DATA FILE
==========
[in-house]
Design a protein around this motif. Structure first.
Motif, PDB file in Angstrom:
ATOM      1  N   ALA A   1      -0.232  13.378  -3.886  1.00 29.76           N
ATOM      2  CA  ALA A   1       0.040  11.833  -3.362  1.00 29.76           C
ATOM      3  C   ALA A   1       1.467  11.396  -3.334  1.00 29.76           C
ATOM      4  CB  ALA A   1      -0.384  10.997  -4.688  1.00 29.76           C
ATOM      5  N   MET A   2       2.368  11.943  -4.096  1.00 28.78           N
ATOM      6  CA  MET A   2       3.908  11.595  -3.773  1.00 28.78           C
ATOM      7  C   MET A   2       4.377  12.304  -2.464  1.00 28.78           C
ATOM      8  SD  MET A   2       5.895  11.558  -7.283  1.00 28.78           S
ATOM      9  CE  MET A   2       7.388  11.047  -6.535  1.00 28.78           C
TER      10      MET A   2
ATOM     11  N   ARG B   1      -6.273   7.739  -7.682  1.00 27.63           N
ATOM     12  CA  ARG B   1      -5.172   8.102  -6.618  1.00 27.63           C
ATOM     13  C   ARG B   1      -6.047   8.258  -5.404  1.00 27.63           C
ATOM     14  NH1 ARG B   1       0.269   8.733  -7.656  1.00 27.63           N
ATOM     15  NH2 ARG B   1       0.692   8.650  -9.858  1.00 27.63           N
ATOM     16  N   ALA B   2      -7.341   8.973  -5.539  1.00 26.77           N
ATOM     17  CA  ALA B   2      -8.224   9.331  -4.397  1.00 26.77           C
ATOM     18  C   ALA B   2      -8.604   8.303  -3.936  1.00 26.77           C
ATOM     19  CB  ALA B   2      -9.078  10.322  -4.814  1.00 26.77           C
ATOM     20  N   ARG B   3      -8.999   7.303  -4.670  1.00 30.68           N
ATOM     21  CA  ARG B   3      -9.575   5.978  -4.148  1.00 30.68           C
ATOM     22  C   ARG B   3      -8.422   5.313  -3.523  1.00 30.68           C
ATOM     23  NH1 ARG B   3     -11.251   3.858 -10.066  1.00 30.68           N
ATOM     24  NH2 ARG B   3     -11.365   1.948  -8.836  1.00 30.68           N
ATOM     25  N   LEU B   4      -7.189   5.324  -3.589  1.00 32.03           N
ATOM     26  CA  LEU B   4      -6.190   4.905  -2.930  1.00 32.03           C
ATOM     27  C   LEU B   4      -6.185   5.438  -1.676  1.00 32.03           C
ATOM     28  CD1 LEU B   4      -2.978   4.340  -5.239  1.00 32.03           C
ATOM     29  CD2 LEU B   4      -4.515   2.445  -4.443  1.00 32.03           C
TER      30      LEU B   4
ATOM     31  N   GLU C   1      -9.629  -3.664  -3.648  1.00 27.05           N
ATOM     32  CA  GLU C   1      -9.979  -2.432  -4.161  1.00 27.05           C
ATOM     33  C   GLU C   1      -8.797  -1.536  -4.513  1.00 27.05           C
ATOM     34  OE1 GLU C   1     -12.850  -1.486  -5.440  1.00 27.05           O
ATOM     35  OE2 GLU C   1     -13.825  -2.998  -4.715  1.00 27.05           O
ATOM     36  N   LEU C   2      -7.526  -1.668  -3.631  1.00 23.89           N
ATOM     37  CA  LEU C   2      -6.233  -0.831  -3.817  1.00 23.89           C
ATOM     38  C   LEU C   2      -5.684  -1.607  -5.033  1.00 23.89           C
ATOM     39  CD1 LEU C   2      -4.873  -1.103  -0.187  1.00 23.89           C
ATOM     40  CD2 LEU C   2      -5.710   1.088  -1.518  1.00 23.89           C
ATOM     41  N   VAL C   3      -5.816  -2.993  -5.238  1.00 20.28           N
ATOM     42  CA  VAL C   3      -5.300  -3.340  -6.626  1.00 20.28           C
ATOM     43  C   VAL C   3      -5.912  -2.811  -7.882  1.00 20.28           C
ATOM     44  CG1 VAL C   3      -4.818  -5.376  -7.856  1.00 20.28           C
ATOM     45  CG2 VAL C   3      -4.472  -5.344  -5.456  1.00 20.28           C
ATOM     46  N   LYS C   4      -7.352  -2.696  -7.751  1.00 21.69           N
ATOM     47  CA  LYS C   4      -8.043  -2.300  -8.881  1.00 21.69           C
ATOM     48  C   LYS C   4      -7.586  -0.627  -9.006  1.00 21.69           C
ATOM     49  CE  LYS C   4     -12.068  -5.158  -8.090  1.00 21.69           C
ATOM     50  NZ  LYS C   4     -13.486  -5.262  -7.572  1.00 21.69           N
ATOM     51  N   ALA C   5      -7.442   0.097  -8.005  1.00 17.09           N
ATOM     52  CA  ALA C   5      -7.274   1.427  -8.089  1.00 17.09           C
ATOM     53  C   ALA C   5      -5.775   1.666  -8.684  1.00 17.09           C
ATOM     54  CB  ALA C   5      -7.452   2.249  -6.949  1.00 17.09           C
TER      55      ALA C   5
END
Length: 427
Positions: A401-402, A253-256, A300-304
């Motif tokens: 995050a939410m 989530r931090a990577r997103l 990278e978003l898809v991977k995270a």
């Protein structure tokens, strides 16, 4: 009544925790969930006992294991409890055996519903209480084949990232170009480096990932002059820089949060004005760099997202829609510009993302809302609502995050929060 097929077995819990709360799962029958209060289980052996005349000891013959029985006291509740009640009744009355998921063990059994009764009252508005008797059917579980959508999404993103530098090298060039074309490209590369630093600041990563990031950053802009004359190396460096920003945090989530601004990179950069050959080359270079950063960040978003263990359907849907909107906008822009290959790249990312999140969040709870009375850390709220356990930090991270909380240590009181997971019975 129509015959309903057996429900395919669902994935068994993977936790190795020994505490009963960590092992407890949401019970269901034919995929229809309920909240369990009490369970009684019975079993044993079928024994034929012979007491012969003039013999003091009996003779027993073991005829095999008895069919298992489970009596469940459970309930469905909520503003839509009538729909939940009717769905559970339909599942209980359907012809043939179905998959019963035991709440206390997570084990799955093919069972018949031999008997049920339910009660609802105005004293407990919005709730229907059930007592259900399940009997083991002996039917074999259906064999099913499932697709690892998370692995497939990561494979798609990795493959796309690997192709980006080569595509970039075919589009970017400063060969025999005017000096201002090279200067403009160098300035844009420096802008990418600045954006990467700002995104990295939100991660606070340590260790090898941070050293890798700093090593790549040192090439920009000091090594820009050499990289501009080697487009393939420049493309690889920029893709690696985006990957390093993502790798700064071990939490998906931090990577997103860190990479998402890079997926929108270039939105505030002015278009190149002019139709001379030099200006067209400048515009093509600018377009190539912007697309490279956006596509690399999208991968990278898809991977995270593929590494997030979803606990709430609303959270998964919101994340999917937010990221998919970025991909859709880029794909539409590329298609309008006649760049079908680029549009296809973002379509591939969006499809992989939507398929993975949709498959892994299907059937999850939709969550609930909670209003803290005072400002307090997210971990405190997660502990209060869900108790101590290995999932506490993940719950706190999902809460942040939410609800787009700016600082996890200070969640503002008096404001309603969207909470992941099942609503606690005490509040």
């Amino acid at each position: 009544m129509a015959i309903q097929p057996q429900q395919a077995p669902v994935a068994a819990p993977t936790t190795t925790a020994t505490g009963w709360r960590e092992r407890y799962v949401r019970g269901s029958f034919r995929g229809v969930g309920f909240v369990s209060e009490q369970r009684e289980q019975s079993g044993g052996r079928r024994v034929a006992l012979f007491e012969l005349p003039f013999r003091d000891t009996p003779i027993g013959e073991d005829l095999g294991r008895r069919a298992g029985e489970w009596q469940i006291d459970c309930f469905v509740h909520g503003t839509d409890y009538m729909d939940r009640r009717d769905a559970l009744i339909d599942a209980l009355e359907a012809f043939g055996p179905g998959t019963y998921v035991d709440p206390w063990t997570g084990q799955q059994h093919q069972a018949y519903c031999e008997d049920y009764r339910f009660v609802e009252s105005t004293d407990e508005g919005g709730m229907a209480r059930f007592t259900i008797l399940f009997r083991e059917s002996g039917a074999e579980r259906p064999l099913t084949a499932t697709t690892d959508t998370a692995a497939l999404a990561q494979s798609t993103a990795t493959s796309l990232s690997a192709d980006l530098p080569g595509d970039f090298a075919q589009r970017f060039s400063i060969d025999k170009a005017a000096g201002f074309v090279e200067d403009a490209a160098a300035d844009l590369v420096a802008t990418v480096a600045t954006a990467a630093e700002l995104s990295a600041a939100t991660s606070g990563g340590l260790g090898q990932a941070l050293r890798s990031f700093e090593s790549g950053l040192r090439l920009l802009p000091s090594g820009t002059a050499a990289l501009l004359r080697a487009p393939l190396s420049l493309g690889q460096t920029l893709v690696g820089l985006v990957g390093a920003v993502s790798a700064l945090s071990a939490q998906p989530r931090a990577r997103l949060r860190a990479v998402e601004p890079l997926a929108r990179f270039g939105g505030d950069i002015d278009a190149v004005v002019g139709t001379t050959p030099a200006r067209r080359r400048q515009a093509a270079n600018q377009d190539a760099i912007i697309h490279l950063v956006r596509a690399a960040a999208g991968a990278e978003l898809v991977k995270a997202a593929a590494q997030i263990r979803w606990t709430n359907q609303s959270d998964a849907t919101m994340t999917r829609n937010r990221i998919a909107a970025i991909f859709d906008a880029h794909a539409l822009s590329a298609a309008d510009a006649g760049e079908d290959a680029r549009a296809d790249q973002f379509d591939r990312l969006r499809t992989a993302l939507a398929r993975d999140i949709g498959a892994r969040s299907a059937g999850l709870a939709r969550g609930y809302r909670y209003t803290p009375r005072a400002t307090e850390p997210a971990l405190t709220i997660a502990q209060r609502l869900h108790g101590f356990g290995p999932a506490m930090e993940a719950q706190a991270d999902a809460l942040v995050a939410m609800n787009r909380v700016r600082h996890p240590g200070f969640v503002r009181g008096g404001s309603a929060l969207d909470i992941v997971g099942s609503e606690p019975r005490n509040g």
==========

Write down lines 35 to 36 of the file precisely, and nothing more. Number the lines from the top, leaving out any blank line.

ATOM     32  CA  GLU C   1      -9.979  -2.432  -4.161  1.00 27.05           C
ATOM     33  C   GLU C   1      -8.797  -1.536  -4.513  1.00 27.05           C